Some subjects may appear better with diffuse lighting. For example, flowers. Flower photography can be great on a cloudy day (see Figures 8 and 9, below).
While a low sun casting shadows can give depth and texture to grand landscape images. not all subjects look good with strong shadows. Flowers are one example. Figure 8 shows two extremes in lighting on flowers. Clearly the shadows and direct sun with specular reflections dominate the beautiful colors of the flowers.
Table 1. Lighting for flower images. All images at 100 mm, f/11, ISO 200, June 5 and 6, 2009. Sunrise was 5:33 AM, sunset 8:25 PM. All images are from in-camera jpegs with the same color balance and stretch except image S, which is raw converted to give a warmer color balance. All images were evaluative metering at -2/3 stop.
The image sequence in Figure 9 shows that images of flowers in direct sun have strong shadows that dominate the image. Specular reflections in direct sun also hides colors and masks subtle shading seen under diffuse lighting. Diffuse lighting displays a wide color balance range, but that can usually be corrected by recording raw data and selecting the color balance during raw conversion (e.g. compare Figure 9R and 9S). Note how the color of the light changes the perception of color in the flowers. For example, blue sky de-emphasizes reds. Images 9N through 9R have increasing contribution from a deepening blue sky as sunset fades. The images become more blue, and emphasize the blue and purple flowers. Compare image 9S with 9A and 9B. Image 9S was converted to a color balance close to that in 9B, but the bluer sky in 9S emphasizes the blues and de-emphasizes the reds.
The metering for the images in Figure 9 was compensated to -2/3 stop. The reason for this is that strong colors, especially reds, yellows, and blues tend to saturate. The light meter in most cameras is less sensitive to these colors. In the case of the flower images, the red flowers saturated the red channel with standard metering. I monitor the histogram for all colors on the back of the camera to be sure no channel saturates.
Overhead versus Side lighting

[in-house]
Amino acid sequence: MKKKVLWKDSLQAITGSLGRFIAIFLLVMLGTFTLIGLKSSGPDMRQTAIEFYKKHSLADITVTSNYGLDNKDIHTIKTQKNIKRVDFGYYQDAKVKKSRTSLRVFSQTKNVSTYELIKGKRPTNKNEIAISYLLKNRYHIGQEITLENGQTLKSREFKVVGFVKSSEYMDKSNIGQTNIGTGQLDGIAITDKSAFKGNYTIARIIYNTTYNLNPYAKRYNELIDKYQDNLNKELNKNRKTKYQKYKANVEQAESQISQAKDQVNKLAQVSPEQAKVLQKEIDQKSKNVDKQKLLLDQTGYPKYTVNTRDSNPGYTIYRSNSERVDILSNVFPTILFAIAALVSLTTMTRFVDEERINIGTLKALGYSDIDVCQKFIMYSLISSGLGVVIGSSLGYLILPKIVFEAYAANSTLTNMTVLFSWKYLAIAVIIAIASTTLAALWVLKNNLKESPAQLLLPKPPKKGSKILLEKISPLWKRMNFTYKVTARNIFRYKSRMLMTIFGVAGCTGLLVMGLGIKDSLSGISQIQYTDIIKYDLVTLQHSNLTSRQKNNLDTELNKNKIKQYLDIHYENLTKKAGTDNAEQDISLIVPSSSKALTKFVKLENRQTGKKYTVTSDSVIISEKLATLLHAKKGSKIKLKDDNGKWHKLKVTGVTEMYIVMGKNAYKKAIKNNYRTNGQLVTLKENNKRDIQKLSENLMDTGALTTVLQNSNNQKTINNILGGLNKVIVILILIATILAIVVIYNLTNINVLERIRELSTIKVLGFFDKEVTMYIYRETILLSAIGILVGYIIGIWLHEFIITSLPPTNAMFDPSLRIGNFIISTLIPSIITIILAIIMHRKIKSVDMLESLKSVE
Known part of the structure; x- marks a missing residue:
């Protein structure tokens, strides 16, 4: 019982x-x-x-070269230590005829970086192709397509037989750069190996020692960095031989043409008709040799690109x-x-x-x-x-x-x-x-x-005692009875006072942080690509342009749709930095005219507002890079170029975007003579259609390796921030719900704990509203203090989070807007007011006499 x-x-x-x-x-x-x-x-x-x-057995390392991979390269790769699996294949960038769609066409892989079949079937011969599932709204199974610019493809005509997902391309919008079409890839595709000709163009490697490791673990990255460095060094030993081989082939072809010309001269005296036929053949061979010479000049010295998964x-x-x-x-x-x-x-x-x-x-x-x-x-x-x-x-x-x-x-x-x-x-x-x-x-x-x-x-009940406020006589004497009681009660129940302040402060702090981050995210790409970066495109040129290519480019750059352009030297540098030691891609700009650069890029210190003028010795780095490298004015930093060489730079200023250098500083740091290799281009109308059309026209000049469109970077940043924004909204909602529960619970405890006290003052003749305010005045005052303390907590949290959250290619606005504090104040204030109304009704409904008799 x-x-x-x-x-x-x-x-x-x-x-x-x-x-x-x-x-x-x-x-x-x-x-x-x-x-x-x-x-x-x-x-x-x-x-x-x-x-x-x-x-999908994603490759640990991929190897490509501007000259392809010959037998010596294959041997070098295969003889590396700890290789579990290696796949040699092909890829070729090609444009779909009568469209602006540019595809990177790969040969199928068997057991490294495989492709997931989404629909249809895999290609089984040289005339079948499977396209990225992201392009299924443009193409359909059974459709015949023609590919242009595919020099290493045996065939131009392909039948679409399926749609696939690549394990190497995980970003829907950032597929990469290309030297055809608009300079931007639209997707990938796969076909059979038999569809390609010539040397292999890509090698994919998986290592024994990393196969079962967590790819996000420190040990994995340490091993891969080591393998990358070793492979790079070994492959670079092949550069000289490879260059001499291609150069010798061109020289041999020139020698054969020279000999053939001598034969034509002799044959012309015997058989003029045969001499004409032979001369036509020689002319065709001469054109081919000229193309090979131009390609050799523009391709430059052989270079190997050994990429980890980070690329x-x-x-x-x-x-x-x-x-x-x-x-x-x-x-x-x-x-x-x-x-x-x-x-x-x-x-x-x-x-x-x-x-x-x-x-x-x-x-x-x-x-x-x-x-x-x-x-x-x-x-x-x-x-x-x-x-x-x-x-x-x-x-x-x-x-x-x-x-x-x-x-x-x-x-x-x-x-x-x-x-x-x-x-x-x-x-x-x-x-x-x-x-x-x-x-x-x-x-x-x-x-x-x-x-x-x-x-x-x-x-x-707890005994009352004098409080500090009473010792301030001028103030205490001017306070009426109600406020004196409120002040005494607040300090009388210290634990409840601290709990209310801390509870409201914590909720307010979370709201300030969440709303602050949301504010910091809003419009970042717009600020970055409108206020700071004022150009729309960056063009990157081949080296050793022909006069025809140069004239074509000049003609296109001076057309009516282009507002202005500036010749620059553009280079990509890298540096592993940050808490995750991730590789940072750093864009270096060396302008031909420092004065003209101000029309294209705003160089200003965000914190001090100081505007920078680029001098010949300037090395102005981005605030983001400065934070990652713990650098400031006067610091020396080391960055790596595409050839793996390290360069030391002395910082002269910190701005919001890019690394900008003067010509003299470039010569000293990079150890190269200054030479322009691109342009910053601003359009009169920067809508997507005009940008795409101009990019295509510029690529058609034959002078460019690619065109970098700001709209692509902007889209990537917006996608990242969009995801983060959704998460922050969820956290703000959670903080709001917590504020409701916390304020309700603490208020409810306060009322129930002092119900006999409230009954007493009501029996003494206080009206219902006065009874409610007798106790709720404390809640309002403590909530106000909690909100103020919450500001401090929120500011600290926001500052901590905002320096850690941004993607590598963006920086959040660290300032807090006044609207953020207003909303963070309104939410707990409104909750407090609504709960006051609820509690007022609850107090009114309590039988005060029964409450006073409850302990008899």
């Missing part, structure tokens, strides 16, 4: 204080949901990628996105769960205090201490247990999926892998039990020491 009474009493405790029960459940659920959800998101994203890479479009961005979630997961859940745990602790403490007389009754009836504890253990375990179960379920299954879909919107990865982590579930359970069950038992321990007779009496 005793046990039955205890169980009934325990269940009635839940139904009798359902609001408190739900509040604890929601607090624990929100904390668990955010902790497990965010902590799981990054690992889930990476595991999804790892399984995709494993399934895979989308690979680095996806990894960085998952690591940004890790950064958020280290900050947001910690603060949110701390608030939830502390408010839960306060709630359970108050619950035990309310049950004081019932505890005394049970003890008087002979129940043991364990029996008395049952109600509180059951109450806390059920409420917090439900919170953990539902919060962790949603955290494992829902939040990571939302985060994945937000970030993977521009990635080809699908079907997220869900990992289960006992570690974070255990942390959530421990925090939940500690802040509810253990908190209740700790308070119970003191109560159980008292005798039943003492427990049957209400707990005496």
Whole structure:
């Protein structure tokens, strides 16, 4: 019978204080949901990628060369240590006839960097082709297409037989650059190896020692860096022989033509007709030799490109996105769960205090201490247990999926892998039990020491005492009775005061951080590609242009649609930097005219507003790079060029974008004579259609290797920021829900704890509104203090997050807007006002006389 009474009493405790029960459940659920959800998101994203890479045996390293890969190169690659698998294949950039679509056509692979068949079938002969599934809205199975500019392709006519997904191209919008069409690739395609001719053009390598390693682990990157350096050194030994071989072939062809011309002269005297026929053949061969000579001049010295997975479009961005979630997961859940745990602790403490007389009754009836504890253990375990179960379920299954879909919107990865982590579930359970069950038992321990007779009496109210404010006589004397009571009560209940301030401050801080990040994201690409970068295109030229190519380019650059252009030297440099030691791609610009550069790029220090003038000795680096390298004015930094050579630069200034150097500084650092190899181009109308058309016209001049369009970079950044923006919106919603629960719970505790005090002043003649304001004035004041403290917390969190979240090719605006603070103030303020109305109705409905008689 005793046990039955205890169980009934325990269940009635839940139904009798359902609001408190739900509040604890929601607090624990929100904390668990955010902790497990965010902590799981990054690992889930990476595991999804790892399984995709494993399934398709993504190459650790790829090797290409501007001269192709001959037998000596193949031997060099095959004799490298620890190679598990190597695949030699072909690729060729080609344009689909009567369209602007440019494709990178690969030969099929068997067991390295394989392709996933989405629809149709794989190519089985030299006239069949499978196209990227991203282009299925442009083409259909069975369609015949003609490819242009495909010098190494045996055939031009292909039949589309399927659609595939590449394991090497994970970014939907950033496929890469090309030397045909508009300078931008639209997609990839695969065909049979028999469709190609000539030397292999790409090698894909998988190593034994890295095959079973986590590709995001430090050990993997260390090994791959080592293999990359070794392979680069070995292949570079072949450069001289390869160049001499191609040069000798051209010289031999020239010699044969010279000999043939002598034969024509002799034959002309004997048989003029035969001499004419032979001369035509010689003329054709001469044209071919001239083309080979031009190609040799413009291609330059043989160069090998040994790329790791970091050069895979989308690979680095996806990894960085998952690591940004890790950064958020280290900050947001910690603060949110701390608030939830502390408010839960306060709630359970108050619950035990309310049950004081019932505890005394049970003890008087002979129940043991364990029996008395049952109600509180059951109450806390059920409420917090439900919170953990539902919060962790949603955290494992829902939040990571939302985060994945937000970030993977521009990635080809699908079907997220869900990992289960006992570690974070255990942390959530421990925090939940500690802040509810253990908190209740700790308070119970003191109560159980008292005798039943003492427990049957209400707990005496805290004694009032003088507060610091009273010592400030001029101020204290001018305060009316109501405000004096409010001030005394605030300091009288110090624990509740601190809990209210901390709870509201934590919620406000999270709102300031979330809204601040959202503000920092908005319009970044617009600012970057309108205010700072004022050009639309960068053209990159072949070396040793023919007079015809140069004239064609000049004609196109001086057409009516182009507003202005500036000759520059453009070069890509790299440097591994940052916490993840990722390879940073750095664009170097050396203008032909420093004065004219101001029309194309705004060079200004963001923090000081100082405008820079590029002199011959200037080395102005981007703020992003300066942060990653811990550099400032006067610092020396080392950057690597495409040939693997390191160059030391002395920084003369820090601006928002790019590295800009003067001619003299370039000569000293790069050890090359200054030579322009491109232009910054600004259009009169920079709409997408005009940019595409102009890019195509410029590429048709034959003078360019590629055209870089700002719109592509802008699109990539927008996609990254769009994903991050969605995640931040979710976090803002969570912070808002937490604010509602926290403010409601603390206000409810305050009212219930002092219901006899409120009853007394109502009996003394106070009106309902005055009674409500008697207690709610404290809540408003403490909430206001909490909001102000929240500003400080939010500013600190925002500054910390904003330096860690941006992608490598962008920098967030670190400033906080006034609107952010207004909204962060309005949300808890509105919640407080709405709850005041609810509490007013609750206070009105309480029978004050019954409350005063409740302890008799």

As in landscape photography, having the light source overhead results in generally undesirable photographs, especially with the sun in a clear blue sky. Such light is generally very harsh, meaning very directional and for animals and people casts sharp shadows. For example, people's eyes appear in deeply shadowed eye sockets. Figure 10 illustrates this effect with a teddy bear.
Even with the sun low, the angle of the incident sunlight and the camera (the phase angle) are important. As with the flower example in Figure 8, the phase angle greatly influences the lighting effect on people and animals. Figure 11 further illustrates phase angle effects on a teddy bear. At high phase angles, the shadows are strong, but can be dramatic (as shown in Figures 4 and 5, above).
The angle(s) and color of light are important for images with impact. Some subjects can have strong impact with directional light from the optimum direction(s) (e.g. side light), but not other directions (e.g. overhead light). Other subjects are seen and photographed with more impact in soft light. A mix of soft and direct light can occur on partly cloudy days. The color of light also varies with direct sun in a clear sky, to diffuse light from a blue sky with the subject in shade, to rapidly changing colors of clouds illuminating the landscape near the rising or setting sun. Identifying the varying angles of the light on the subject and its color are key to making images with impact.
The Lighting, Composition and Subject Series:
First Published May 5, 2009
Last updated November 17, 2014.